Every now and then, my brain goes on hiatus. Don’t you love that word? When I was younger and much more into watching the three networks that broadcast programs on television way back then, such a limited selection but we watched so much more of them, the new shows would premier in the fall, run their course through spring then go into reruns during the summer. The show’s cast would be on hiatus during that time, free to pursue other interests. My brain is doing that, pursuing other interests. Above: Japanese anemone, Anemone hupehensis ‘Praecox’
Ideas for posts usually just pop into said brain, uninvited, informal like a dear friend sticking their head inside the kitchen door asking if there is time for tea and a chitchat before beginning the chores of the day. Photos are taken, viewed as a slide show and the words write themselves. Above: fall blooming Crocus speciosus amidst Ajuga reptans
Not today. Images are snapped and free association happens as the slide show is viewed, but the story isn’t forming. There is no cohesive witticism flowing. We got nothing. Above: seed grown Rosa chinensis ‘Angel Wings’
Except I did want to share this variegated ivy that attached itself to the long wall from a nearby container planting. The container is long gone, but the ivy continues to grow on the concrete blocks. Sometimes, the leaves are not variegated at all, but a solid pale buttery yellow. With the cooler temperatures of fall, the stems also turn pinkish. I love those green-free leaves.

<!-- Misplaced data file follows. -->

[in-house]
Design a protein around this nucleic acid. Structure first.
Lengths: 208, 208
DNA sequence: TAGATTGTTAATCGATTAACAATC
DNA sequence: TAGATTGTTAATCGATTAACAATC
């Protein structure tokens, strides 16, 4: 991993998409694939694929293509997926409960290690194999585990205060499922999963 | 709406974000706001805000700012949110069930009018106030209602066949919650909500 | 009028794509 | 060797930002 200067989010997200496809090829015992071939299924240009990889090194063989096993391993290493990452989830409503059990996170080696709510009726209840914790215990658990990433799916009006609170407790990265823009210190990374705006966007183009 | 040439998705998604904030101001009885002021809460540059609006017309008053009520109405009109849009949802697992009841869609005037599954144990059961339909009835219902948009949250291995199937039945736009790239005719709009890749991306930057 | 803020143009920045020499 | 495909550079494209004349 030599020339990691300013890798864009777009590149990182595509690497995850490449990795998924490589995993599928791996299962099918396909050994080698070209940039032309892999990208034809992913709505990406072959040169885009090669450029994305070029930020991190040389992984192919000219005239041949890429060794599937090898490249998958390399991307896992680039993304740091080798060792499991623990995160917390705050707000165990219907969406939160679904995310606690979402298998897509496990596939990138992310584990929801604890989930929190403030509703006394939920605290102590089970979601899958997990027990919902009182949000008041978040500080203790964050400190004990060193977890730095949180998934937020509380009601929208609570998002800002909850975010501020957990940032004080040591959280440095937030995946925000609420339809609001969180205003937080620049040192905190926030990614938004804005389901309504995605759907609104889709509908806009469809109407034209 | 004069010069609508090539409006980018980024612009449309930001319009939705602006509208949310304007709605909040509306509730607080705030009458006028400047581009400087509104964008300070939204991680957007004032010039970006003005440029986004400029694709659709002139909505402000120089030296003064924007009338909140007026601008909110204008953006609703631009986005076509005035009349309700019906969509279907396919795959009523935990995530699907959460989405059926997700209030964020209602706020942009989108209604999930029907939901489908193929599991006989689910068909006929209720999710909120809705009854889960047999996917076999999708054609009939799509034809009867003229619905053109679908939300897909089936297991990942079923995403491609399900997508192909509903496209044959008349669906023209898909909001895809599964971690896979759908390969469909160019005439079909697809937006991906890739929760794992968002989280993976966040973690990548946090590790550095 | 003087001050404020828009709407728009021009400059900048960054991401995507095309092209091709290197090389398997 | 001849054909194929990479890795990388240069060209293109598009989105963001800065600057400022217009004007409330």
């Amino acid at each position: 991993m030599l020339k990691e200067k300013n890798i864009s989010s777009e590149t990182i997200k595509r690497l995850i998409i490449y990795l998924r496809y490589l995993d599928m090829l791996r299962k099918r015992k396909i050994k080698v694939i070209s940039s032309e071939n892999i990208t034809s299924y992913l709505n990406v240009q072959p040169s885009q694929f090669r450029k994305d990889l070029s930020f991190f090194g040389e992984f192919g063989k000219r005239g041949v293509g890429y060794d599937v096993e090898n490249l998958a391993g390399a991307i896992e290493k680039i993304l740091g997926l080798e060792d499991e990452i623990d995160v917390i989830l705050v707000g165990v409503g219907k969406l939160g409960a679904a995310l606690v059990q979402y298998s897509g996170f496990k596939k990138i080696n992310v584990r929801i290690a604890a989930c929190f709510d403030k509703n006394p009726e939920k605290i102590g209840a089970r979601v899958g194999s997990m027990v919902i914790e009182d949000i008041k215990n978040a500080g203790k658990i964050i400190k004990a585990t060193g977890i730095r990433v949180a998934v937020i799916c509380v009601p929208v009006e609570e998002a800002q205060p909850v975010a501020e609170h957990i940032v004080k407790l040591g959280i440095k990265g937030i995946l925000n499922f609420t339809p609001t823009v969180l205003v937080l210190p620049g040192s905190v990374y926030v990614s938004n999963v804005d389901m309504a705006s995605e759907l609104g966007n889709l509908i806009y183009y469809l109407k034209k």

And I have been wanting to share with you this little grouping that has finally been placed in the hypertufa bonsai planter outside. A post about it can be seen by clicking here. The first little Chinese figurine fell apart after a couple of years of withstanding the freeze/thaw cycle that is our southeast Tennessee winter. This replacement was purchased, quite inexpensive, but it seemed so delicate and tree branches often fall from the silver maple overhead that it has been safely sitting on a shelf indoors. Until now. Life is for living. We want to see these Chinese men enjoying their tea and telling wise and interesting stories in the hypertufa miniature world out of doors. If something happens to fall on them, it was simply meant to be.
Wrapping it all up and tying it neatly with a bow, for those of you wondering what to do with all those hypertufa balls that have been made after reading this post…
…Make a squirrel obstacle course. Fall plantings of the sweet violas are a neon sign to the demon diggers who are looking for soft earth in which to bury the black walnuts. We have tried many obstructions, chickenwire, gravel mulch, large rocks, but the best idea hatched to date has been to use the cement balls to stymy the digging efforts. So far, so good. And so until next time, kiddies, onward!